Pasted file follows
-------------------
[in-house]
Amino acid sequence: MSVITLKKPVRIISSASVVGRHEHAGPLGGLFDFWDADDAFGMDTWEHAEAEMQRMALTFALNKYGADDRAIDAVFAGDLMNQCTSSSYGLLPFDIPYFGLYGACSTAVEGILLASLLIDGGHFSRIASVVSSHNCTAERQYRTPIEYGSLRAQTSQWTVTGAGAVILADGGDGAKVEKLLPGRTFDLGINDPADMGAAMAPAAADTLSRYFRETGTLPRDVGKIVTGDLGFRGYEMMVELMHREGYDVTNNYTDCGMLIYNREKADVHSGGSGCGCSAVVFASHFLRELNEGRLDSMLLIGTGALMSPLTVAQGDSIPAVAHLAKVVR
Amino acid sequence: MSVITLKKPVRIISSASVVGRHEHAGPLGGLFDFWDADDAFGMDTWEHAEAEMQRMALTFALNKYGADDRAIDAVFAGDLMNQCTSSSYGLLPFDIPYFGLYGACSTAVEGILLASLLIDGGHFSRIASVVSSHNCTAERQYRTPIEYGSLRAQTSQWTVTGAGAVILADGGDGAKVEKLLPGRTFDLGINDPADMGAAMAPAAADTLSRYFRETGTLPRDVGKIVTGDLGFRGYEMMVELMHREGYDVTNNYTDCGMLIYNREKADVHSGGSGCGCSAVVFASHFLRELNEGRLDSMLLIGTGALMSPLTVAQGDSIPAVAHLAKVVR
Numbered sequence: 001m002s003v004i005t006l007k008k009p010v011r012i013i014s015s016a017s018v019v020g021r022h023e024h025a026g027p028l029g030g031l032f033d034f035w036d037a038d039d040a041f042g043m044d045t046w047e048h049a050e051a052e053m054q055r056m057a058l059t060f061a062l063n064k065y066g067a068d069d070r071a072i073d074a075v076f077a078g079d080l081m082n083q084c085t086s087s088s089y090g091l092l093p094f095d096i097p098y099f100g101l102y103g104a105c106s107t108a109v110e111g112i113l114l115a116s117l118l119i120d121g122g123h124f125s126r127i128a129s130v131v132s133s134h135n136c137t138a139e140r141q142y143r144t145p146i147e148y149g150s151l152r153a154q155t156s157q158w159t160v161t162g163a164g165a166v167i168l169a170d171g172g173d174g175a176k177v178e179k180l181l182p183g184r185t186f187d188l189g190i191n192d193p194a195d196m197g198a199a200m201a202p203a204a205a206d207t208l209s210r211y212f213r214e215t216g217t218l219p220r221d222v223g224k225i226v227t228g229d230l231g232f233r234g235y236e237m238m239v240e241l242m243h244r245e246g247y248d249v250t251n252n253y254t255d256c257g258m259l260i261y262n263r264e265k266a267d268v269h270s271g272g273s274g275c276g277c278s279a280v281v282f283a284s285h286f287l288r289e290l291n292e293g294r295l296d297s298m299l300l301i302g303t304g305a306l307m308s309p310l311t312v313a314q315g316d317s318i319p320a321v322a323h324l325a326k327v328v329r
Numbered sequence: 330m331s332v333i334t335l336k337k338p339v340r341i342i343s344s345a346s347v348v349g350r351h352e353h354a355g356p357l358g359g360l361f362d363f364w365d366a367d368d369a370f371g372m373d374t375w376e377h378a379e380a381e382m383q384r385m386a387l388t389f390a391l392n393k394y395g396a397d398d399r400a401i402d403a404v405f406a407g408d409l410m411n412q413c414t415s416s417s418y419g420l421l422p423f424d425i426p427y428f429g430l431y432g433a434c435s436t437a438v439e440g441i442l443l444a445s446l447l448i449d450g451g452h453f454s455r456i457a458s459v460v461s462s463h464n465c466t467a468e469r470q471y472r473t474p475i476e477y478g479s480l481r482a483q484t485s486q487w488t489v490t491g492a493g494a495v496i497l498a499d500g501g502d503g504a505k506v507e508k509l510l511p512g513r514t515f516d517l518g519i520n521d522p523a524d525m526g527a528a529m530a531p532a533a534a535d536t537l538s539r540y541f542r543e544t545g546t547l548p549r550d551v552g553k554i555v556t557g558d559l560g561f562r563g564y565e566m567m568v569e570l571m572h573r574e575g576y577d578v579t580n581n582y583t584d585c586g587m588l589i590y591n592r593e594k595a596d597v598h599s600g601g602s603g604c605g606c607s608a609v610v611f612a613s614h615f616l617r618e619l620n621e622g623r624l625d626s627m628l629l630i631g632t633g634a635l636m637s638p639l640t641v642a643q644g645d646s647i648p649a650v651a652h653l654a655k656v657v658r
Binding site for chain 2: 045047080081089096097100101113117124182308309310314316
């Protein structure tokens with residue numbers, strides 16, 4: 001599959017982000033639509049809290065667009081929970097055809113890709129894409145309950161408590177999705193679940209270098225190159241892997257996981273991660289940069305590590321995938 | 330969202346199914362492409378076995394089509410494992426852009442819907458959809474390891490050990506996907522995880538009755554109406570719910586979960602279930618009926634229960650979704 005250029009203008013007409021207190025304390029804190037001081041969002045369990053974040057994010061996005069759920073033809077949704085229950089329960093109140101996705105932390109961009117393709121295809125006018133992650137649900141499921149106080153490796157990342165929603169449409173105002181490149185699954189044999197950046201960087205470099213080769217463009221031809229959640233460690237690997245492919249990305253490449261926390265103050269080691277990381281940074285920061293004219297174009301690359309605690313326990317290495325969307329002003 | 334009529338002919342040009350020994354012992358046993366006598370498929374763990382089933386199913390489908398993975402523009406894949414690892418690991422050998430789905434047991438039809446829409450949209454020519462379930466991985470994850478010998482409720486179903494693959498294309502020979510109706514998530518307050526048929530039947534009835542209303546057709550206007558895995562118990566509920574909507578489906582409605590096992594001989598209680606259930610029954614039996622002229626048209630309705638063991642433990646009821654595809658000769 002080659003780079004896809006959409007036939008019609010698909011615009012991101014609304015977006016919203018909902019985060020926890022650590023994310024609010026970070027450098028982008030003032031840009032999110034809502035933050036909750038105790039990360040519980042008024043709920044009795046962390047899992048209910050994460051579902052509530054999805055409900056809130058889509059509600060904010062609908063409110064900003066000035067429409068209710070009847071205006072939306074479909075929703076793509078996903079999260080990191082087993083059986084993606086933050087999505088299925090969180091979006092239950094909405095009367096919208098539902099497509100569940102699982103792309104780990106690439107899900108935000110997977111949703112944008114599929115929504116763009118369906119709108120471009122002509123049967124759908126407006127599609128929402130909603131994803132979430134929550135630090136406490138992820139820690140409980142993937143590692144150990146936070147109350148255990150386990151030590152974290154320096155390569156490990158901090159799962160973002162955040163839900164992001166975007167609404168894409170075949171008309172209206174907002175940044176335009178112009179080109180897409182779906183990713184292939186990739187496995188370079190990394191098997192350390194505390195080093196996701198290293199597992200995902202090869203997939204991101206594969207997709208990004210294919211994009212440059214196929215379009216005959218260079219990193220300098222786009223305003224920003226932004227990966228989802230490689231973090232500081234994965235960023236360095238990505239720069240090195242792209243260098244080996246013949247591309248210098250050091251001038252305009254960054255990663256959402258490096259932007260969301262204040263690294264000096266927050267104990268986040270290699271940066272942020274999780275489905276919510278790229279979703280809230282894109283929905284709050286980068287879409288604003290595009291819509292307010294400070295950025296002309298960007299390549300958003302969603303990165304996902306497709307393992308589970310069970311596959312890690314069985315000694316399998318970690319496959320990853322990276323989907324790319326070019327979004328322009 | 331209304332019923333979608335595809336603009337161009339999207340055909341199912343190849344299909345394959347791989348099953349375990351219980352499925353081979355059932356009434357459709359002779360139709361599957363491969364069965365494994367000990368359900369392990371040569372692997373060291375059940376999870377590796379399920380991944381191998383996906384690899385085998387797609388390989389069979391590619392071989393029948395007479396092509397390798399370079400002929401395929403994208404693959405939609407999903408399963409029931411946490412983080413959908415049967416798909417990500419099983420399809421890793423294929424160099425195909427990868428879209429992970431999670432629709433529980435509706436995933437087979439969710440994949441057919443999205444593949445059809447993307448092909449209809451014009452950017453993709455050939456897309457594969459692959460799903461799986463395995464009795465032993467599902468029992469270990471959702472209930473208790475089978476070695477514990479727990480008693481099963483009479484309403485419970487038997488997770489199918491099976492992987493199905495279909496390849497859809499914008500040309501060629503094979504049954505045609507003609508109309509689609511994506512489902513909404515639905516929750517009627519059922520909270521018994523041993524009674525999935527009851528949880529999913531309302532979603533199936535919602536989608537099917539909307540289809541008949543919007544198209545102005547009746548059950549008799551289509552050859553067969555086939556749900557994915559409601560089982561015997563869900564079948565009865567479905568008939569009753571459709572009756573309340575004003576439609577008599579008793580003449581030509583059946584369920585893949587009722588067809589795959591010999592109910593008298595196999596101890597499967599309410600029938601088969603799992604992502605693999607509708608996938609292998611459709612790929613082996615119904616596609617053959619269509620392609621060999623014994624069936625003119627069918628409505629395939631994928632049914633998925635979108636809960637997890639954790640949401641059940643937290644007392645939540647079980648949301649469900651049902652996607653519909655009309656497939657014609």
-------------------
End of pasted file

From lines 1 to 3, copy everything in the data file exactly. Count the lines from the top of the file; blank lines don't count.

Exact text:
[in-house]
Amino acid sequence: MSVITLKKPVRIISSASVVGRHEHAGPLGGLFDFWDADDAFGMDTWEHAEAEMQRMALTFALNKYGADDRAIDAVFAGDLMNQCTSSSYGLLPFDIPYFGLYGACSTAVEGILLASLLIDGGHFSRIASVVSSHNCTAERQYRTPIEYGSLRAQTSQWTVTGAGAVILADGGDGAKVEKLLPGRTFDLGINDPADMGAAMAPAAADTLSRYFRETGTLPRDVGKIVTGDLGFRGYEMMVELMHREGYDVTNNYTDCGMLIYNREKADVHSGGSGCGCSAVVFASHFLRELNEGRLDSMLLIGTGALMSPLTVAQGDSIPAVAHLAKVVR
Amino acid sequence: MSVITLKKPVRIISSASVVGRHEHAGPLGGLFDFWDADDAFGMDTWEHAEAEMQRMALTFALNKYGADDRAIDAVFAGDLMNQCTSSSYGLLPFDIPYFGLYGACSTAVEGILLASLLIDGGHFSRIASVVSSHNCTAERQYRTPIEYGSLRAQTSQWTVTGAGAVILADGGDGAKVEKLLPGRTFDLGINDPADMGAAMAPAAADTLSRYFRETGTLPRDVGKIVTGDLGFRGYEMMVELMHREGYDVTNNYTDCGMLIYNREKADVHSGGSGCGCSAVVFASHFLRELNEGRLDSMLLIGTGALMSPLTVAQGDSIPAVAHLAKVVR